Measure the Important Things

Studer Education

Illustrate Goals Visually

Use a scorecard, stoplight report, or another tool to visually present yearly goals. This tool can be used in meetings to show the progress toward goals and make necessary adjustments if progress isn’t being made. Achieving goals becomes more likely if we have a constant focus on the actions being taken to attain success.

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Reduce Stress by Improving Processes

As new technology becomes rapidly introduced, it’s a good idea to revisit processes you use to execute your daily work. Analyze which tasks take you the most time, or cause you the most stress, and look for ways to improve the process for greater efficiency.

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What Have You Accomplished?

Create a list of your accomplishments since you’ve begun your career. What awards or recognition have you received? What impactful results have you reached? Use numbers and analytics to show impact when applicable.

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Measure to Provide Unmistakable Value

To illustrate to teams the value of their service, it’s critical to measure progress, gather feedback and share that information with employees and customers. Having conversations about those numbers will enable you to identify opportunities for improvement. These conversations facilitate how to get better at providing stakeholders with unmistakable value.

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From Employee Engagement Surveys to Action

After the employee engagement survey results are calculated, gather your team and talk about the results. What ideas does the team have for improving the lowest items? What items are most important to them? After you’ve recorded their priorities, develop an action plan to present to the team. When leaders are transparent with their action plans, teams know their leader is committed to increasing their engagement levels.

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Less Can Be More

Employees often cite ‘poor communication’ as a workplace barrier. This doesn’t mean that they want MORE communication. They are looking for clear, quality communication that provides them with feedback and direction. Think about how many emails or messages you send, calls you make, and meetings you hold each week. Are they all really necessary and is the purpose clear? How can you reduce the quantity while increasing the quality of those communications?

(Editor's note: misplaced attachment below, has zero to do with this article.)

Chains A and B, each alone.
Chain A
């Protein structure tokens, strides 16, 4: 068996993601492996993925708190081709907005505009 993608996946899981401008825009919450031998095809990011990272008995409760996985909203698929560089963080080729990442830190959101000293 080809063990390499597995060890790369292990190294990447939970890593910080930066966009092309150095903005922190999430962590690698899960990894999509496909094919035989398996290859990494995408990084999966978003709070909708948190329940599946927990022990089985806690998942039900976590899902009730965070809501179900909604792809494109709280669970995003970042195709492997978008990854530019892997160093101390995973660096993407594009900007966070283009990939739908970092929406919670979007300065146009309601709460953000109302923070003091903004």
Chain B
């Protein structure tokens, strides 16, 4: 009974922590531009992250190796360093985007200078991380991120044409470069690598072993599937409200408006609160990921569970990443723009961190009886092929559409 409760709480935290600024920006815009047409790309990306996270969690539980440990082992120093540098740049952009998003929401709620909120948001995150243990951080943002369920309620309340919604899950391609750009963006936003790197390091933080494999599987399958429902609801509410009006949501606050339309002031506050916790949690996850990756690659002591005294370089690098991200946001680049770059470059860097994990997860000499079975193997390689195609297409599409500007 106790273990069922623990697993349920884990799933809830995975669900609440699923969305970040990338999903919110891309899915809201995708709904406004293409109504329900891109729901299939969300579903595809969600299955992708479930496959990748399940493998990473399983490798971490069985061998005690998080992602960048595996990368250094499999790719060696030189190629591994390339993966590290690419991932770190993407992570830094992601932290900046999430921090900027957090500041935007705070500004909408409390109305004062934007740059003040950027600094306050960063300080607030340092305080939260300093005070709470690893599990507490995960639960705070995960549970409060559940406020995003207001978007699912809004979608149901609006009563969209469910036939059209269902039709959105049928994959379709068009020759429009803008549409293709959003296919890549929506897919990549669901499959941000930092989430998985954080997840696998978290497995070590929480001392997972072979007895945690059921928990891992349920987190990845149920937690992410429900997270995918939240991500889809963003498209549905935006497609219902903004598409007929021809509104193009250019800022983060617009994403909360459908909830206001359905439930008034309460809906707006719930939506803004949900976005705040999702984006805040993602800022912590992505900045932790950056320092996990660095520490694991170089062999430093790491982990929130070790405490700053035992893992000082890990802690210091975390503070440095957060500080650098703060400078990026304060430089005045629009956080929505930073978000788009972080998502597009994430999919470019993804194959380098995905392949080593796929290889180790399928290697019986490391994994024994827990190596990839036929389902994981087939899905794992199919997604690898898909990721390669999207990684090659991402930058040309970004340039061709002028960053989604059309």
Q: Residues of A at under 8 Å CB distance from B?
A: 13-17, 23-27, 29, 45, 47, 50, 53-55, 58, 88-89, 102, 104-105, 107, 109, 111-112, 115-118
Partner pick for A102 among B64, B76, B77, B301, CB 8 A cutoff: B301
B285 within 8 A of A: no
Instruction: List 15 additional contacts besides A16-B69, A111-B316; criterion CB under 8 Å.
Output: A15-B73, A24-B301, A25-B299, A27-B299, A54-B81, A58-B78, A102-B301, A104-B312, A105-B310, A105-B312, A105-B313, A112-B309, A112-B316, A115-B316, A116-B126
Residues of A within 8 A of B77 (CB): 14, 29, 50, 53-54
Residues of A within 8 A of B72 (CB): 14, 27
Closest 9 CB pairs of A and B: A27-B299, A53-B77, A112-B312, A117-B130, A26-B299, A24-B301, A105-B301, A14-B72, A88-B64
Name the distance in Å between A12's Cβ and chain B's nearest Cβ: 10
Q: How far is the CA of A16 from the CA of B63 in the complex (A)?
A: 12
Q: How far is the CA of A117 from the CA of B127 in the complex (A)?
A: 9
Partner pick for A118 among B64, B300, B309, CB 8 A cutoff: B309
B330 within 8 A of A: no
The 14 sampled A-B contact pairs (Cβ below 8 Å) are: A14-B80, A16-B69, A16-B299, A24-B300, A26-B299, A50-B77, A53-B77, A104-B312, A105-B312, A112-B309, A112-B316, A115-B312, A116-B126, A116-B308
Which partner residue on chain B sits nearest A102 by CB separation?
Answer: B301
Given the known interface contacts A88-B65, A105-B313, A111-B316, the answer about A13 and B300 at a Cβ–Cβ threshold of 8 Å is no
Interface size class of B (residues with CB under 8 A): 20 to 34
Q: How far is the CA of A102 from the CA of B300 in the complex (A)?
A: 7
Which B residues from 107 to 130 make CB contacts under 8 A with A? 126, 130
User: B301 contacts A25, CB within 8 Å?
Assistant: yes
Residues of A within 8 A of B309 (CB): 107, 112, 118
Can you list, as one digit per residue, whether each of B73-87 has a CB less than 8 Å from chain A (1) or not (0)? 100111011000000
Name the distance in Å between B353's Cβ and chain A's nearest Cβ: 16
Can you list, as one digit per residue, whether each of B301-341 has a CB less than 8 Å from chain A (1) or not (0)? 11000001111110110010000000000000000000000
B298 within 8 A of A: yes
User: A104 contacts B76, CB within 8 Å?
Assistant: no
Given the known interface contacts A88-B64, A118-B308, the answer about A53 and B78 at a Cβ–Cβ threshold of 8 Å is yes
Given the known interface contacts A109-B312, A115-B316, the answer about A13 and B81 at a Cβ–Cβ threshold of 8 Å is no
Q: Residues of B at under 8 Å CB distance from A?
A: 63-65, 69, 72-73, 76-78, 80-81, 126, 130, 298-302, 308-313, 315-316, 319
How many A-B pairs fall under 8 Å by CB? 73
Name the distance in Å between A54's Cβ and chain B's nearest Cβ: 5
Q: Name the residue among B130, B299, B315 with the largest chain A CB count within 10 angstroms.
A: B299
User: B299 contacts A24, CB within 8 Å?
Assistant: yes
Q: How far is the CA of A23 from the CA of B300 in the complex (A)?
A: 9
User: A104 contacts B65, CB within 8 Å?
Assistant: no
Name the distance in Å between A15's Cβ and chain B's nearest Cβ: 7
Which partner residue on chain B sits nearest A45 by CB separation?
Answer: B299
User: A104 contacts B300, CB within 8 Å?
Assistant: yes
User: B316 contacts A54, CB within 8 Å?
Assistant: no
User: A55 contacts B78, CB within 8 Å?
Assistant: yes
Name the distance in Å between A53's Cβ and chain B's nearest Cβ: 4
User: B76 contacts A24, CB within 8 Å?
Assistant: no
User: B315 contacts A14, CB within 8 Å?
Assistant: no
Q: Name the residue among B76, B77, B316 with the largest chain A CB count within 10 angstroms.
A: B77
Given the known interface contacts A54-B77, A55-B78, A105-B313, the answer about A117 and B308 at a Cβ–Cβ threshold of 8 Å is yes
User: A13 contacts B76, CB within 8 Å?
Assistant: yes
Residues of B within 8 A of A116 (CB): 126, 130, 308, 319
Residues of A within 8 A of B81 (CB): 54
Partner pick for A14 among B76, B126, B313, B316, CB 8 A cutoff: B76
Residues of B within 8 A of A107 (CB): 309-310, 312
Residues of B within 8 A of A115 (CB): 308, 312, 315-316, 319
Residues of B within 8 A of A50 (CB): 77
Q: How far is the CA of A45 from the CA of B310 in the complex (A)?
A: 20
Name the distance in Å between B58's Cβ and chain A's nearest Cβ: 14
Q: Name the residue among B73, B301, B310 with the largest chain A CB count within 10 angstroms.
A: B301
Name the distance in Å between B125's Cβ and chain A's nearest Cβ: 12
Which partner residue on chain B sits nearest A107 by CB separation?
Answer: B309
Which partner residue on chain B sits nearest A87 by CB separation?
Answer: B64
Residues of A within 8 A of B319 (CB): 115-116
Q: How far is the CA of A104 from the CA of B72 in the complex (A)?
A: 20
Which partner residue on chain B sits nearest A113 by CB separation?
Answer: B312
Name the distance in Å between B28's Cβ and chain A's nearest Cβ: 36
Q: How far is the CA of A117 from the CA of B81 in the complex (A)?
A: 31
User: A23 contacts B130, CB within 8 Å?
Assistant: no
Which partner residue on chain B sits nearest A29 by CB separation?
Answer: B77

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Tell Stakeholders What they Want to Know

What is important to the organization’s stakeholders? Do you gather feedback from the stakeholders (the physical community that surrounds the organization, its investors, its customers, anyone that benefits from the service it provides)? Analyze stakeholder feedback to develop a plan to communicate openly with stakeholders based on the information they want to hear. Stakeholders want honest updates from the source.

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Use Data to Action Plan

Collecting data is meaningless if we aren’t analyzing the data for opportunities and improvements. After data has been collected, analyzed, and shared, develop an action plan using information from these discussions. Set a challenging but achievable goal. Resist the temptation to set too many goals and stick to 1-3 to focus on.

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Sharing Data

After we have gathered data, it’s important to close the feedback loop and share the results with our organization’s stakeholders, such as employees and the community. Conversations with stakeholders around the data provide opportunities to gain additional information and identify wins, gaps, and possible strategies for reducing gaps.

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Drowning in Data?

The quality of the data is much more important than the quantity. Are you collecting the data that is most important for the organization? Are you using the data that’s being collected? Align the data to the organization’s goals to focus on what matters most and eliminate unnecessary data collection.

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From Strategy to Action